Evaluating point using derivative graph

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Homework Statement


no19.jpg

*note that this is the graph of the derivitive of the function f(x).

Homework Equations


Possibly the fundamental theorems of calculus?


The Attempt at a Solution


I know this problem should be easy, but I am not seeing how my book comes to the answer. Below is the solution my book gives:
f(-2)=f(2) + [tex]\int[/tex]f'(x)dx = 1-[tex]\frac{1}{2}[/tex]
The limits of integration are from 2 to -2

Obviously, the first part of the eqn is given, but what exactly does the integral do, and why should the limits be reversed? Furthermore, it seems that if you evaluated the eqn, you would end up with:
f(2) + f(-2) - f(2)
it seems like this would get you nowhere. . .
 
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Answers and Replies

  • #2
Dick
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Well, first of all what is the integral of f'(x) from -2 to 2? Just add up the signed area under the curve of f'(x). Then use that the result should be f(2)-f(-2) by the fundamental theorem of calculus.
 
  • #3
LCKurtz
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You know the fundamental theorem of calculus, if F is an antiderivative of f then

[tex]F(b) - F(a) = \int_a^b f(x)\, dx[/tex]

The point being that the integrand, f, is the derivative of the function F. Rephrasing it in those terms gives the equivalent form

[tex]f(b) - f(a) = \int_a^b f'(x)\, dx[/tex]

Using -2 and 2 for a and b:

[tex]f(2) - f(-2) = \int_{-2}^2 f'(x)\, dx[/tex]

and solving for f(-2) gives your equation

[tex]f(-2) = f(2) - \int_{-2}^2 f'(x)\, dx[/tex]

Now to solve the problem you have only to realize that integrals geometrically represent signed area under the curve. So look at the picture and total up that area.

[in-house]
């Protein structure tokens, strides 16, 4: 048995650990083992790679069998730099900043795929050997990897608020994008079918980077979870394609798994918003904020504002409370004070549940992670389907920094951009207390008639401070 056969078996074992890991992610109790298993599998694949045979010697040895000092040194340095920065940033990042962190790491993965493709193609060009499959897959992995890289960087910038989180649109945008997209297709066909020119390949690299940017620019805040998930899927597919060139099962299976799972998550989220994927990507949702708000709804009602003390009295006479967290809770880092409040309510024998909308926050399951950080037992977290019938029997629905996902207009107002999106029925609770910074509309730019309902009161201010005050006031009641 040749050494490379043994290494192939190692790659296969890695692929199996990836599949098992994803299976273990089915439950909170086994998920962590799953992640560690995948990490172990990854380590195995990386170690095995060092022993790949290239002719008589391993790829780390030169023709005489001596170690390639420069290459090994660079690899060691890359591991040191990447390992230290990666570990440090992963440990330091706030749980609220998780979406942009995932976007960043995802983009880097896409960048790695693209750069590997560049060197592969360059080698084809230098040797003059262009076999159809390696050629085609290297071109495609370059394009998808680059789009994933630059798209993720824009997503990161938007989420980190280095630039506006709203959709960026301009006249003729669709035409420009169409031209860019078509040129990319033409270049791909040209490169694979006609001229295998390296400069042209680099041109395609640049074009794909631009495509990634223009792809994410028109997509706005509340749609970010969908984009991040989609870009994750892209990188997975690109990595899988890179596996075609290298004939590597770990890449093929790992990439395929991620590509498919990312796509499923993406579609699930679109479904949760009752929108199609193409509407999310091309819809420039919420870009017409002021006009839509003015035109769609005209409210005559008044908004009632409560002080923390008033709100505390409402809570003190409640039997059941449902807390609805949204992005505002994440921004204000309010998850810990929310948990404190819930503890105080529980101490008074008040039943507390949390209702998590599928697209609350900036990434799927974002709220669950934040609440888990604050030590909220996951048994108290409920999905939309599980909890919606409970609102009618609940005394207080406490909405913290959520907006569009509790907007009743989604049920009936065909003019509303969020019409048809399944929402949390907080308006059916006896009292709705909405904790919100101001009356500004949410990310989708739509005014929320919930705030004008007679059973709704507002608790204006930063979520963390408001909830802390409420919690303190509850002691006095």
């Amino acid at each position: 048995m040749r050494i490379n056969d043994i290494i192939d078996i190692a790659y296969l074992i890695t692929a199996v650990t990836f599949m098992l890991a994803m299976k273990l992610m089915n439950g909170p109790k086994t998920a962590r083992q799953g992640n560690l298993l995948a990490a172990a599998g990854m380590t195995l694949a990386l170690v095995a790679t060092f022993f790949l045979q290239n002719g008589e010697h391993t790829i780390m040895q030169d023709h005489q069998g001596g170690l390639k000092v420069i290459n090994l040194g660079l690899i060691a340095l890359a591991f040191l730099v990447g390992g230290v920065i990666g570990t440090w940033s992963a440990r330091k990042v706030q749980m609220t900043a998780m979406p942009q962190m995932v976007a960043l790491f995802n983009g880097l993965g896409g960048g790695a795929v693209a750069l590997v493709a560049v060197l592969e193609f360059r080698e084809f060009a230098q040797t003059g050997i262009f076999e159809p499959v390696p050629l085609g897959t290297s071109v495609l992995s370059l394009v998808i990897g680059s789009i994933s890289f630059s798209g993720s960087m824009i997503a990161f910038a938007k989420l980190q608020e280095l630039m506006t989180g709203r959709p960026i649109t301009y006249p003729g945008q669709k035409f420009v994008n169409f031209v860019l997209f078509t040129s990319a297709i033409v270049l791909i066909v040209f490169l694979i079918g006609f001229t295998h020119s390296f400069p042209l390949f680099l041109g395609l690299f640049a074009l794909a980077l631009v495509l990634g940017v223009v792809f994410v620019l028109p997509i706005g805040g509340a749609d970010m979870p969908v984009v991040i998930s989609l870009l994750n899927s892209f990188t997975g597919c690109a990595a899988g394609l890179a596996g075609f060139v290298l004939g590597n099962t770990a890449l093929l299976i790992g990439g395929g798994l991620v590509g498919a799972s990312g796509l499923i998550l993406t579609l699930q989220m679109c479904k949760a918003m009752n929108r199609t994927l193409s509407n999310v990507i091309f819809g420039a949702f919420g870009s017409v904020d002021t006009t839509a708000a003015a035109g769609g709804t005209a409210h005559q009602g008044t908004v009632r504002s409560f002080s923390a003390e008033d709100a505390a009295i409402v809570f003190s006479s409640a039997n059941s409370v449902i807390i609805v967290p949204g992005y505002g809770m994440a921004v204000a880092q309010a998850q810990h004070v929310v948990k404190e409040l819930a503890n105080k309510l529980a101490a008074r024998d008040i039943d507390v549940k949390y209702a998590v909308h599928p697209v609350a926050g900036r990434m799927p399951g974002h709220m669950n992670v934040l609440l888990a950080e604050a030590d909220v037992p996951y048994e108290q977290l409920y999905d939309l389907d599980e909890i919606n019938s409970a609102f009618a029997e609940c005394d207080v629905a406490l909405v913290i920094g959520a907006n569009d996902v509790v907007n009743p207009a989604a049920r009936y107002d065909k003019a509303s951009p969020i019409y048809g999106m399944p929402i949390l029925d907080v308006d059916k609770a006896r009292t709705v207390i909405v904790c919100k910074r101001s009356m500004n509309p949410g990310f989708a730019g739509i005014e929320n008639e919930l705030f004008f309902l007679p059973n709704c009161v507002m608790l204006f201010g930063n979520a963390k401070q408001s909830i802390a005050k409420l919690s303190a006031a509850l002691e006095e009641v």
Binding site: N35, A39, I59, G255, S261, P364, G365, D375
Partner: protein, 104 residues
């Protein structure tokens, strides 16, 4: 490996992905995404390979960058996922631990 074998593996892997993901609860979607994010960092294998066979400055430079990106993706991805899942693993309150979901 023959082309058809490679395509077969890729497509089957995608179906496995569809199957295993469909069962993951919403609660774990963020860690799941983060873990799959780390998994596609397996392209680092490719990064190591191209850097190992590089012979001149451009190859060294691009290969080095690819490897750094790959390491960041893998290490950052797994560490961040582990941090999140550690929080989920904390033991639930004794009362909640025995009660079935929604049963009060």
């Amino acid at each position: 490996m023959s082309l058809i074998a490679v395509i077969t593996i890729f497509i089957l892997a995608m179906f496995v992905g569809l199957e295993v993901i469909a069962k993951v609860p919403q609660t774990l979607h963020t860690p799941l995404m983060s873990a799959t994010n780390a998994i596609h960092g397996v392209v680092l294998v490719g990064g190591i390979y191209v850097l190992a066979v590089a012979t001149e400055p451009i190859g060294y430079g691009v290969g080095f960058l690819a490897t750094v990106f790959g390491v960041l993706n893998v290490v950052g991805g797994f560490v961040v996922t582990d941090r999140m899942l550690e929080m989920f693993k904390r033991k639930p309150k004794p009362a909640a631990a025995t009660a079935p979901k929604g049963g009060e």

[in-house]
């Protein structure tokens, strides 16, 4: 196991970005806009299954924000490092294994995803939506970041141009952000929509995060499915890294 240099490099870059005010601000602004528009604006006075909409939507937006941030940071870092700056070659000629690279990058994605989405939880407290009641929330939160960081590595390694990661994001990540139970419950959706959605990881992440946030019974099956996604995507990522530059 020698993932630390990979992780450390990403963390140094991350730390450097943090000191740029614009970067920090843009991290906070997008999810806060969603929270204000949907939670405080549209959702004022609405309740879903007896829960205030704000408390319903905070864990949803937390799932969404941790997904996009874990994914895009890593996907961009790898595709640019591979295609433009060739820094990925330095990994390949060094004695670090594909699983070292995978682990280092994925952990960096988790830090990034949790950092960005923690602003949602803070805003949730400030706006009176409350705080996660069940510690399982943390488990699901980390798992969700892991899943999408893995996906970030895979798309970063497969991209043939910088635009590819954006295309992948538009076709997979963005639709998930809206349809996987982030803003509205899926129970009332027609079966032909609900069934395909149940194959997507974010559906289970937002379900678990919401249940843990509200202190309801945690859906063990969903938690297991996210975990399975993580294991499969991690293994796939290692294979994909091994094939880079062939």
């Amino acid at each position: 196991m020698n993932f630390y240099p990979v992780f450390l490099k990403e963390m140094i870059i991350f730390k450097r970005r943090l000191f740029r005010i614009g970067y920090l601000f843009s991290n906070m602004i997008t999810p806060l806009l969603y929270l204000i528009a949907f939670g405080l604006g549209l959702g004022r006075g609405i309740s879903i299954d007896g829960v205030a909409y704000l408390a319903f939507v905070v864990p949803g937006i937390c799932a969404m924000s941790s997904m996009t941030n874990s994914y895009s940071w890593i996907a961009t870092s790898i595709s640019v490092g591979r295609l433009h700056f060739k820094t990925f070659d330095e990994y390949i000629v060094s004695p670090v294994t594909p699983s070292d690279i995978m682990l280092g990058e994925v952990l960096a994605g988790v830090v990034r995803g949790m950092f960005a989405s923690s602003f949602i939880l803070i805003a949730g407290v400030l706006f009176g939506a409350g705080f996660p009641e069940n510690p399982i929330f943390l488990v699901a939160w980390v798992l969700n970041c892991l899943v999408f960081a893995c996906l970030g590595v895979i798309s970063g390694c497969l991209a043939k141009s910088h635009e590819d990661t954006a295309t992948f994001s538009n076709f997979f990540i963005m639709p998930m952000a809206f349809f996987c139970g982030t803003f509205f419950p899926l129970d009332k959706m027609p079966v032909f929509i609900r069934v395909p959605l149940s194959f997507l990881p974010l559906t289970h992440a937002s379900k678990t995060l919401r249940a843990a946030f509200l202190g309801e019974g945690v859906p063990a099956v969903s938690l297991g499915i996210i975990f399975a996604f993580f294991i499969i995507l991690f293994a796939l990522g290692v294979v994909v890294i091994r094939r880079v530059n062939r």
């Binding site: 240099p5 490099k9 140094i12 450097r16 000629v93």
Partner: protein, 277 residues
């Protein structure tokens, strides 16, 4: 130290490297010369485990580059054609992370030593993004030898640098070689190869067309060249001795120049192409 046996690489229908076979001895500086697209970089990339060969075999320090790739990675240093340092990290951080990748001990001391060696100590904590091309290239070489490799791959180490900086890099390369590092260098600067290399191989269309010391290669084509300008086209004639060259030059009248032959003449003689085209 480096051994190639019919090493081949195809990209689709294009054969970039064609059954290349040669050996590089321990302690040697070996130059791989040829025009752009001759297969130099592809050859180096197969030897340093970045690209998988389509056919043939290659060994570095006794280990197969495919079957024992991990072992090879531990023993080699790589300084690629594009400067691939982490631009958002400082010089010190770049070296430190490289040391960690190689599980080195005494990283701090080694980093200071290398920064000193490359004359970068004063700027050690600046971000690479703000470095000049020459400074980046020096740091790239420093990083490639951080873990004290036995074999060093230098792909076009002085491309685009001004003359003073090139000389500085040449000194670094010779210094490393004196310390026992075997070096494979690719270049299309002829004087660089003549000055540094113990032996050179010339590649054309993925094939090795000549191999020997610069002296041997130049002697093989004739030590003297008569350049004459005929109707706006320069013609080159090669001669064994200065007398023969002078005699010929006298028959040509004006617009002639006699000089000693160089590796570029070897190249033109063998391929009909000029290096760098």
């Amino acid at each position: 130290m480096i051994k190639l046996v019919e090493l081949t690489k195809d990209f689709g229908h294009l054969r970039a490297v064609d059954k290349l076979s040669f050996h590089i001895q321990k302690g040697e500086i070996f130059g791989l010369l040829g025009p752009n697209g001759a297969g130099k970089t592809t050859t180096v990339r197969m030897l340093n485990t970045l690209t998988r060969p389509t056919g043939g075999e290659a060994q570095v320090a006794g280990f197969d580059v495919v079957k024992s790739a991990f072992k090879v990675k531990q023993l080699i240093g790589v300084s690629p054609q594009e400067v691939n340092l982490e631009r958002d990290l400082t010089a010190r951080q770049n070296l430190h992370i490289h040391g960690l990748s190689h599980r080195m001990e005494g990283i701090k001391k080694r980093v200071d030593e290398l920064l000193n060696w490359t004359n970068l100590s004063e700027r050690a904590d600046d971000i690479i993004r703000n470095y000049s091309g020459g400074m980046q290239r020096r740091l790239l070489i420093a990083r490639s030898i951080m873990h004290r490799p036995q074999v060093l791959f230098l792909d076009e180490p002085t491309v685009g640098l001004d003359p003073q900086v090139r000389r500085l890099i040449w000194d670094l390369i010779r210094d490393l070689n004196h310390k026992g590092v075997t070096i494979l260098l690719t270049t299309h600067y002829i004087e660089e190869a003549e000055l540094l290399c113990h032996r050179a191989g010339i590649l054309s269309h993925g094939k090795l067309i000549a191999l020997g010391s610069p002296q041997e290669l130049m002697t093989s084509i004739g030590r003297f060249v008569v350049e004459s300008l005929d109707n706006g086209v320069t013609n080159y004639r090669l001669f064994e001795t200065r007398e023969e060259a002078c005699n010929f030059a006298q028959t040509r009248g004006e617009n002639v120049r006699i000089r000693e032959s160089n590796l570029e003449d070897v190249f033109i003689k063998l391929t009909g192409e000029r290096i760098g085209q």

• #4
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Oh, I was unaware of the equivalent form. This makes much more sense now!

One last question though. One of the theorems states that the derivative of an integral is the original function. Does this statement also work in reverse? I.e. the integral of a derivative also yields the original equation?
 
  • #5
Dick
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Oh, I was unaware of the equivalent form. This makes much more sense now!

One last question though. One of the theorems states that the derivative of an integral is the original function. Does this statement also work in reverse? I.e. the integral of a derivative also yields the original equation?

Yes, the integral of a derivative is the difference of the original function.
 
  • #6
LCKurtz
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Oh, I was unaware of the equivalent form. This makes much more sense now!

One last question though. One of the theorems states that the derivative of an integral is the original function. Does this statement also work in reverse? I.e. the integral of a derivative also yields the original equation?

To within a constant. Start with f(x) = x2 + 5. Its derivative is 2x. When you take the integral of 2x you get x2 + C because you have no way of knowing the value of any constant that may have been added to x2 before you differentiated it.
 
  • #7
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Okay, thanks for your help guys! I really appreciate it!
 

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